Meaning of Hearsay Rule with an example
Hearsay is a type of testimony that is generally prohibited in court. There are some exceptions though. Hearsay usually involves someone testifying about what someone else said or wrote. The definition of “hearsay is an out-of-court statement offered in court for the truth is the matter asserted”. An out-of-court statement means a statement made by someone who’s not in court, meaning that it’s an unsworn statement. Nobody sworn that the statement was true when testifying in court. Witnesses must swear to tell the truth.
For example: -So let’s say we have utkarsh and we have udit and they meet on the street. Utkarsh tells udit that he saw Urvashi go to a bank early in the morning. So utkarsh saying that he saw Urvashi go to the bank is our out-of-court statement. Now let’s say sometime later Urvashi goes on trial. She’s on trial for stealing money from the bank. The prosecutor wants to prove that Urvashi went to the bank. Can he ask udit to testify that Utkarsh said that he saw Urvashi go to the bank early in the morning? Maybe not because that statement is hearsay.
Udit’s testimony is hearsay because he is testifying about utkarsh’s out-of-court statement and it’s being offered for its truth and Urvashi went to the bank. The prosecutor wants the jury to believe that utkarsh really saw Urvashi go to the bank. If the jury believes that what udit said is true, the jury might be more likely to convict Urvashi. Of course, Utkarsh could testify as to what he saw and that would not be hearsay.
Example of non-hearsay: – let’s say we have an office with Urvashi, Utkarsh, Udit. Urvashi saw a fight where Utkarsh punched Udit. Now utkarsh is on trial, utkarsh lawyer asks Urvashi about what she saw before utkarsh punched udit, well Urvashi saw udit walk up to utkarsh with his fists raised and udit told utkarsh that he was the worst person that ever lived and Urvashi testifies as to what she saw udit do and what udit said but the out-of-court statement “you’re the worst person that ever lived is that hearsay well does utkarsh’s lawyer want the jury to believe that utkarsh is the worst person that ever lived or does the lawyer want the jury to believe that utkarsh heard udit call him the worst person that ever lived it’s pretty clear that utkarsh lawyer wants the jury to hear what udit said and obviously utkarsh lawyer does not want the jury to believe that utkarsh really is the worst person that ever lived, the testimony is not hearsay because it’s not being offered to prove the truth of the matter asserted the lawyer is not trying to prove that what udit said was true she’s only trying to prove that udit said.Is Hearsay Evidence Enough To Convict Someone?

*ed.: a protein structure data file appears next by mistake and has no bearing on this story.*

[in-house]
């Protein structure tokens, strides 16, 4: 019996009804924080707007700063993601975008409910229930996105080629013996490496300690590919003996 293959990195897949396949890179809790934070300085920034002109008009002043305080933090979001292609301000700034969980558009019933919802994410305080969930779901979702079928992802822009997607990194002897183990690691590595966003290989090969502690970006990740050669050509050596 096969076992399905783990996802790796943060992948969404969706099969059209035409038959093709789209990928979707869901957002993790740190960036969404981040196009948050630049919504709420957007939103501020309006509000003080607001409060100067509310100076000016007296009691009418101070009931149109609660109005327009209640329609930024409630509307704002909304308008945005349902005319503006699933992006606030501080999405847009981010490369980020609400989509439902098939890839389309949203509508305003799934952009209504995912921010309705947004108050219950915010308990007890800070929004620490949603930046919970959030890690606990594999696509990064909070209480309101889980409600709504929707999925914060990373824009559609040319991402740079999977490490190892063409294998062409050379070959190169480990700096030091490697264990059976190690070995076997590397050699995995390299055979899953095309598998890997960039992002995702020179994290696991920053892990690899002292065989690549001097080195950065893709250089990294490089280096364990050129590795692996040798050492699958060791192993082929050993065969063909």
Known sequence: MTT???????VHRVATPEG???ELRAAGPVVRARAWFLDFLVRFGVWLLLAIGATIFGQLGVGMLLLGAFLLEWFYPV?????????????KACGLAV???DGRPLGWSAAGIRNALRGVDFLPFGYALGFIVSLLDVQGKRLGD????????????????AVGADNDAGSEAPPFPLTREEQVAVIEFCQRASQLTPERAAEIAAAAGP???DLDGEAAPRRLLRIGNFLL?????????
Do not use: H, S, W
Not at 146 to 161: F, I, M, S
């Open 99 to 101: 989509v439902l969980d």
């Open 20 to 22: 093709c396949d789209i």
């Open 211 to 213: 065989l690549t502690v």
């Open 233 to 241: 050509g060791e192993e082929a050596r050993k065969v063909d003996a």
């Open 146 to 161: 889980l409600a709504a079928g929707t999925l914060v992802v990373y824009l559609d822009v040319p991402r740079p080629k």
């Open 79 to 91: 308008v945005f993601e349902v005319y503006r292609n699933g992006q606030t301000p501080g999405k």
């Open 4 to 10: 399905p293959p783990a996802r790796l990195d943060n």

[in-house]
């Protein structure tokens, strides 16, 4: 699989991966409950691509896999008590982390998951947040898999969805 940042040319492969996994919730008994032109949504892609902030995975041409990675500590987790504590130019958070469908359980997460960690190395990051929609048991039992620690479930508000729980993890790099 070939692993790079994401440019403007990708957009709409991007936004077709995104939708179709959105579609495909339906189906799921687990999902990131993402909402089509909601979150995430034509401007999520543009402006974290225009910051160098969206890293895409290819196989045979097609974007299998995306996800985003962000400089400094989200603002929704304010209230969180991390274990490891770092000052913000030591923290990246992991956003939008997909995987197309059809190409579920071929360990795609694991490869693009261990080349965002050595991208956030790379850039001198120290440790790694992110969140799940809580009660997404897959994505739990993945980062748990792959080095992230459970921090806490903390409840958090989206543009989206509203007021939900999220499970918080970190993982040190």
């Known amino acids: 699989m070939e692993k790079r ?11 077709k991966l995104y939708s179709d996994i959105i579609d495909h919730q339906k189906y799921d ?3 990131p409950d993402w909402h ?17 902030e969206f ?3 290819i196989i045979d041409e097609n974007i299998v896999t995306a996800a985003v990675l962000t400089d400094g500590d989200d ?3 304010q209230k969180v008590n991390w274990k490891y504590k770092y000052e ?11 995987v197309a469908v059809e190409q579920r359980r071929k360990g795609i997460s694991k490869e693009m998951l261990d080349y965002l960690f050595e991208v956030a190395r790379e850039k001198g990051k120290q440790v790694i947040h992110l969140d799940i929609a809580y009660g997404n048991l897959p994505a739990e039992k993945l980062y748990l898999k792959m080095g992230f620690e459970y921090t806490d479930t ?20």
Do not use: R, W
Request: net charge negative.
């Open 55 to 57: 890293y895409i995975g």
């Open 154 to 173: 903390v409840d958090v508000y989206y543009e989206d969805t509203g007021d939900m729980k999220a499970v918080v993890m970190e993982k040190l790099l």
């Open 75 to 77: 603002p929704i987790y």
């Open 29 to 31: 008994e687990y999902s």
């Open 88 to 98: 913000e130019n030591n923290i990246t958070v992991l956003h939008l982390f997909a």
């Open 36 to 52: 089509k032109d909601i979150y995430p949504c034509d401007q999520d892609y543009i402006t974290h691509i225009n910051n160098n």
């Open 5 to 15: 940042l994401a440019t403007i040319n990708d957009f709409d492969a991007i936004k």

Also Read – Is Hearsay Evidence Enough To Convict Someone?
How to find something is hearsay or not?
- A statement – It is not an action or impression, but the actual words are spoken or written.
- Made outside of court – It is not hearsay for someone to comment on something said by another witness in court. But, if the statement occurs outside of court, where the judge and jury could not hear it, then it may be hearsay.
Why does the hearsay rule exist?
- Statements made out of court are not made under oath and therefore cannot be given the same weight as statements made under oath.
- An out-of-court statement that is being repeated cannot be tested in cross-examination. Its accuracy therefore cannot be evaluated.
- There is a possibility of fabrication, exaggeration, distortion, or inaccuracy.
- Hearsay evidence is not what is called the best evidence. The ‘best evidence’ rule is essential that evidence should be given by the person best capable of giving it. If person C has evidence to give that is relevant to a proceeding, under the best evidence rule, person C should be called as a witness to give that evidence.
Conclusion (what is the hearsay rule)
The hearsay rule is that rule which prohibits hearsay in courtrooms. The rule against hearsay is probably the most well-known rule of evidence. However, it is often misunderstood. The exclusion of hearsay evidence is set out in “Section 59 of the Commonwealth evidence act.” That provision states that ‘evidence of a previous representation made by a person is not admissible to prove the existence of a fact it can reasonably be supposed that the person intended to assert by the representation.’ A simpler way to explain the hearsay rule is that witnesses are permitted to give evidence only of things that they themselves saw, heard, or otherwise perceived.
This Article Written by Utkarsh Aswal, Student of Delhi Metropolitan Education (IPU Affiliated College).
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